• Identification of SA: We identified SA in year 2018 according to the following procedure. The mean delayed recall score of the Philadelphia Verbal Learning Test (PVLT-DR) was 9 words for the age group 60–64 years [43]. The score of 9 words is equal to the score used in the previous SuperAging studies, where it represented the average normative value of the delayed verbal recall score of the Rey Auditory Verbal Learning Test (another word list test) for individuals in their 60 s [10, 14, 16, 19]. Furthermore, additional criteria for SA in accord with the previous SuperAging studies were applied: that is, performance on non-memory tasks such as the Boston Naming Test (30-item) (BNT-30; [44, 45]), the Trail Making Test—part B (TMT-B; [46, 47]), and Category (Animals) Fluency (CF-Animals; [48]) to be equal or better than minus one standard deviation for their age band [9, 10, 14, 15, 19, 45]. The performance in the SA criterion tasks is in Table 1.

Statistical analysis

We created 3 composite scores (CS) of the immediate memory, processing speed, and executive functions by standardizing performance on each task, and averaging the z-scores. Z-scores for specific test were calculated using the mean and standard deviation (taking into account age, sex, and education) computed from normative data of older adults [36]. We chose to use this larger group as the z-score reference cohort instead of the study cohort for increased accuracy of the mean and variance estimates [16]. Additionally, interference score of the PST was calculated using ratio of two subtests: Colors/Dots. Two ratio interference scores were calculated, first using raw scores, and second using standardized scores.

The group comparison of cognitive performance and demographic variables in 2012 was performed using independent sample t-tests. In addition to effect sizes, we also report Bayes factors (BF10) calculated in accordance with recommendations by Wetzels and Wagenmakers [49]. We report probability of our data fitting under the null vs. the alternative hypothesis. Note that values larger than one are in favour of the alternative hypothesis and the values smaller than one are in favour of the null [49].

Series of binomial logistic regression analyses (method: Enter) were performed to find predictors of the SA status in 2018 based on the baseline neuropsychological data (year 2012). Age, number of years of education, sex, and composite scores (each CS separately) were used as predictors in the regression model (method Enter); SA status in 2018 was the dependent variable.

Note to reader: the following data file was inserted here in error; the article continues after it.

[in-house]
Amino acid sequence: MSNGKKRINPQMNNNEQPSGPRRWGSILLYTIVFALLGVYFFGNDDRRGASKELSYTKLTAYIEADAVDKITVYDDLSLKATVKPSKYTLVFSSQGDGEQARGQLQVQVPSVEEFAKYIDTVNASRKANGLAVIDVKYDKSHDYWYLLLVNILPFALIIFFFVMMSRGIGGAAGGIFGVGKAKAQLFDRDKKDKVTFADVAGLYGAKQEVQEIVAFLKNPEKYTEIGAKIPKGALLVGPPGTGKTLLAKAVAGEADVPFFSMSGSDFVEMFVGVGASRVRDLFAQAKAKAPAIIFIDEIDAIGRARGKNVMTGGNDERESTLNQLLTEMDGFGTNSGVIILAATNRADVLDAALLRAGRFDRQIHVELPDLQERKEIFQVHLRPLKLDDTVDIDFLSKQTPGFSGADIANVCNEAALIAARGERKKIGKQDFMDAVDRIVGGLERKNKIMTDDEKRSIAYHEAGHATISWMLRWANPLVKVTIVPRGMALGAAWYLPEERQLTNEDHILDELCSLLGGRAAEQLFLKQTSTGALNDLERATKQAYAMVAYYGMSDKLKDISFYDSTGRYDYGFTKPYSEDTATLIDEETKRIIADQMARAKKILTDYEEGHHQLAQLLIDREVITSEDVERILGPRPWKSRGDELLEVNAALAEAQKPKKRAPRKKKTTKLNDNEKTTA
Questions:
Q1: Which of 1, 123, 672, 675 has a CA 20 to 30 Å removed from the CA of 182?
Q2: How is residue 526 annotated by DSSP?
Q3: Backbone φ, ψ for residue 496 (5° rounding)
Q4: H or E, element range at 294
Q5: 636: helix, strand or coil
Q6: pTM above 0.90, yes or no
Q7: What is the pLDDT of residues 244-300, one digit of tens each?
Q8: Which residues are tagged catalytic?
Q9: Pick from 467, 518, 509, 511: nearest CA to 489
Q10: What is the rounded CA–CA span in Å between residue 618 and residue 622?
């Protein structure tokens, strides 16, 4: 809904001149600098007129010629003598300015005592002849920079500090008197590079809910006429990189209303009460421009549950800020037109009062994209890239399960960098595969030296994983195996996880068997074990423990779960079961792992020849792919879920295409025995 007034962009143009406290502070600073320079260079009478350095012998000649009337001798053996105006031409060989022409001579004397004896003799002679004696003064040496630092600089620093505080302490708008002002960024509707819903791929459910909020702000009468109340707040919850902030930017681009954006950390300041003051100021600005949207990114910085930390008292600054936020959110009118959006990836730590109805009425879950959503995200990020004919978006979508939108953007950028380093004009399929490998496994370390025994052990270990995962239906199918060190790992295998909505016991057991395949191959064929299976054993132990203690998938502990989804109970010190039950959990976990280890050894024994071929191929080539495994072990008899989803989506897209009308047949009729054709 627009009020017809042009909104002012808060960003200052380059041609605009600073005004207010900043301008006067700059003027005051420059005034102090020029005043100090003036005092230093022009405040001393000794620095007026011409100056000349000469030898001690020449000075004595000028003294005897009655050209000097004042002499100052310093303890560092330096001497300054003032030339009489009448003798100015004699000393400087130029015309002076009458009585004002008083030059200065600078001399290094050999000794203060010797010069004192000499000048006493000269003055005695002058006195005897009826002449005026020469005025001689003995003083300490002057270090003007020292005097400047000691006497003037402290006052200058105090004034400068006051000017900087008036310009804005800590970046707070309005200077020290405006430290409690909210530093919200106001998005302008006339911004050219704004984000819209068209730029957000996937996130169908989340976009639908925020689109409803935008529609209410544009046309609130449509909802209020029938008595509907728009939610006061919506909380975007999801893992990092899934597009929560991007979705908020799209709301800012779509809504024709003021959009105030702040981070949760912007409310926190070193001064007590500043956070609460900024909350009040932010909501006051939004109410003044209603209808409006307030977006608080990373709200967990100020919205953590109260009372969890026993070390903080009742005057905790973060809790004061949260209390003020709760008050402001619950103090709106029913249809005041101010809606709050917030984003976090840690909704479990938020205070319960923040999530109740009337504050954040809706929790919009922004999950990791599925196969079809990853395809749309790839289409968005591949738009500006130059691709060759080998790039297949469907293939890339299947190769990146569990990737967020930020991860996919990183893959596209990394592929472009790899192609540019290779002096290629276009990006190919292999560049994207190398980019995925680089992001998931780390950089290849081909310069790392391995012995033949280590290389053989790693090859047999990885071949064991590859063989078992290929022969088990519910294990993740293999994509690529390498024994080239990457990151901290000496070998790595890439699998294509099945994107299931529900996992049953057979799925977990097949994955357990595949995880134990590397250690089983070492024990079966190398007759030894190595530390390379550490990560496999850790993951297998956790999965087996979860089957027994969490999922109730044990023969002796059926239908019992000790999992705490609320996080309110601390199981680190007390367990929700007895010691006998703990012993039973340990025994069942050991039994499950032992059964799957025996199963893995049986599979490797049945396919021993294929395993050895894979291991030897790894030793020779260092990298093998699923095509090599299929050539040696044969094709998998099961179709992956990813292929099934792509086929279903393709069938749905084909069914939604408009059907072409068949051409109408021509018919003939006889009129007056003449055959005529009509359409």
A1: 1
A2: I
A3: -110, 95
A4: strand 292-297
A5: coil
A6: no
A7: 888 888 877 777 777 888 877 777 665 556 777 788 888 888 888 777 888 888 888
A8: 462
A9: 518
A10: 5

Then, all significant CS predictors (p < 0.05) plus age, number of years of education, and sex were inserted in the binomial logistic regression (method: Stepwise) to identify the best model for predicting SA.

Moreover, analysis of associations between significant predictor (2012) and PVLT delayed recall in 2018 (Pearson’s correlation) and status of SA in 2018 (Rank Biserial correlation) were performed.

The level of significance was for all analyses set at 0.05.

Results

Factors associated with SuperAging (2018)

We identified 19 SA (18%) out of 96 persons. SA did not significantly differ in the number of years of education nor in the age (all p > 0.05; Table 1) from nonSA. We did not find a significant association between sex and status of SA (p > 0.05), 15 females and 4 males were in the SA group. Groups significantly differed in the MMSE (Χ2 = 3.76; p = 0.005), the mean score of SA was ca. 2 points higher than the mean of nonSA (Table 1).

Baseline performance (2012)

SA compared to nonSA, as identified in the follow-up (year 2018), had significantly better performance at the baseline (year 2012) only in the CS-speed (p = 0.012) with medium effect size and substantial evidence in favour of the effect (BF10 = 4.06) (Table 2). Groups did not significantly differ in CS-memory nor in CS-executive (p > 0.05; Table 2) with substantial evidence in favour of null hypothesis (i.e. no difference between the groups; BF10 = 0.26). Despite non-significant difference between the groups in CS-executive, there was a medium effect size and anecdotal evidence in favour of the effect (BF10 = 1.17).

Table 2 Comparison of baseline (Year 2012) neuropsychological performance of SA versus nonSA

Moreover, groups did not significantly differ in PST interference scores (raw score: t(94) = 0.898, p = 0.371, d = 0.23, BF10 = 0.37; standardized score: t(94) = − 0.393, p = 0.696, d = − 0.10, BF10 = 0.28) and there was anecdotal respectively substantial evidence in favour of the null hypothesis (i.e. no difference).

Predictors of SuperAging

Logistic regression analysis was performed to identify significant predictors of SA. Firstly, we performed a series of separate logistic regression analyses (method: Enter), that were controlled for sex, age, and years of education. Based on these analyses, two measures were identified as significant predictors: CS-speed (p = 0.006) and CS-executive (p = 0.028). CS-memory was not identified as significant predictor (p > 0.05). Age was significant predictor when combined with all three CSs (CS-speed, CS-memory, and CS-executive), and in case of sex only in combination with CS-speed. There was no significant effect of the number of years of education. All results are presented in Table 3.